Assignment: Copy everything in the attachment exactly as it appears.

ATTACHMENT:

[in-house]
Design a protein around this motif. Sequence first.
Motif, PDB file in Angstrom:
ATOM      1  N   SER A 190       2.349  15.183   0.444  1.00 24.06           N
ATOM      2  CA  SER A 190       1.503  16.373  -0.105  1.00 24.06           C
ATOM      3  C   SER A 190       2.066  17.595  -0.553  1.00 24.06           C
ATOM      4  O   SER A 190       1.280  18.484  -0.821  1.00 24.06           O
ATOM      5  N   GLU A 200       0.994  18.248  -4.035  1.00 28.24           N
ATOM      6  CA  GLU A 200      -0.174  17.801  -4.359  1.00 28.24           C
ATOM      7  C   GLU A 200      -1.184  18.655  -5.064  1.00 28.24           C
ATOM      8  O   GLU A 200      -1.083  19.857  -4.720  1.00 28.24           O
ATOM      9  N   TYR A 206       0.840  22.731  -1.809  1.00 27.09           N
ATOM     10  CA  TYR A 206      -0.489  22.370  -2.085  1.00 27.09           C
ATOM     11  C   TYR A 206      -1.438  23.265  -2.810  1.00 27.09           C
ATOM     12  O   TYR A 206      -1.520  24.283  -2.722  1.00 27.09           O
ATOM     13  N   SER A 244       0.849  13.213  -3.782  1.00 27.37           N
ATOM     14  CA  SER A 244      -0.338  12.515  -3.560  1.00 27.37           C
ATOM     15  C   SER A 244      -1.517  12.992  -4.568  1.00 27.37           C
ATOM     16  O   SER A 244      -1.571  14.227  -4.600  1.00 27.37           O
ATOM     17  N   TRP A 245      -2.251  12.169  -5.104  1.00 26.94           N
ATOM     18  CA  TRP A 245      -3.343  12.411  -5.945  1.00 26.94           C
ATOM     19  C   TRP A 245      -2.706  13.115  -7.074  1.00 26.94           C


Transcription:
[in-house]
Design a protein around this motif. Sequence first.
Motif, PDB file in Angstrom:
ATOM      1  N   SER A 190       2.349  15.183   0.444  1.00 24.06           N
ATOM      2  CA  SER A 190       1.503  16.373  -0.105  1.00 24.06           C
ATOM      3  C   SER A 190       2.066  17.595  -0.553  1.00 24.06           C
ATOM      4  O   SER A 190       1.280  18.484  -0.821  1.00 24.06           O
ATOM      5  N   GLU A 200       0.994  18.248  -4.035  1.00 28.24           N
ATOM      6  CA  GLU A 200      -0.174  17.801  -4.359  1.00 28.24           C
ATOM      7  C   GLU A 200      -1.184  18.655  -5.064  1.00 28.24           C
ATOM      8  O   GLU A 200      -1.083  19.857  -4.720  1.00 28.24           O
ATOM      9  N   TYR A 206       0.840  22.731  -1.809  1.00 27.09           N
ATOM     10  CA  TYR A 206      -0.489  22.370  -2.085  1.00 27.09           C
ATOM     11  C   TYR A 206      -1.438  23.265  -2.810  1.00 27.09           C
ATOM     12  O   TYR A 206      -1.520  24.283  -2.722  1.00 27.09           O
ATOM     13  N   SER A 244       0.849  13.213  -3.782  1.00 27.37           N
ATOM     14  CA  SER A 244      -0.338  12.515  -3.560  1.00 27.37           C
ATOM     15  C   SER A 244      -1.517  12.992  -4.568  1.00 27.37           C
ATOM     16  O   SER A 244      -1.571  14.227  -4.600  1.00 27.37           O
ATOM     17  N   TRP A 245      -2.251  12.169  -5.104  1.00 26.94           N
ATOM     18  CA  TRP A 245      -3.343  12.411  -5.945  1.00 26.94           C
ATOM     19  C   TRP A 245      -2.706  13.115  -7.074  1.00 26.94           C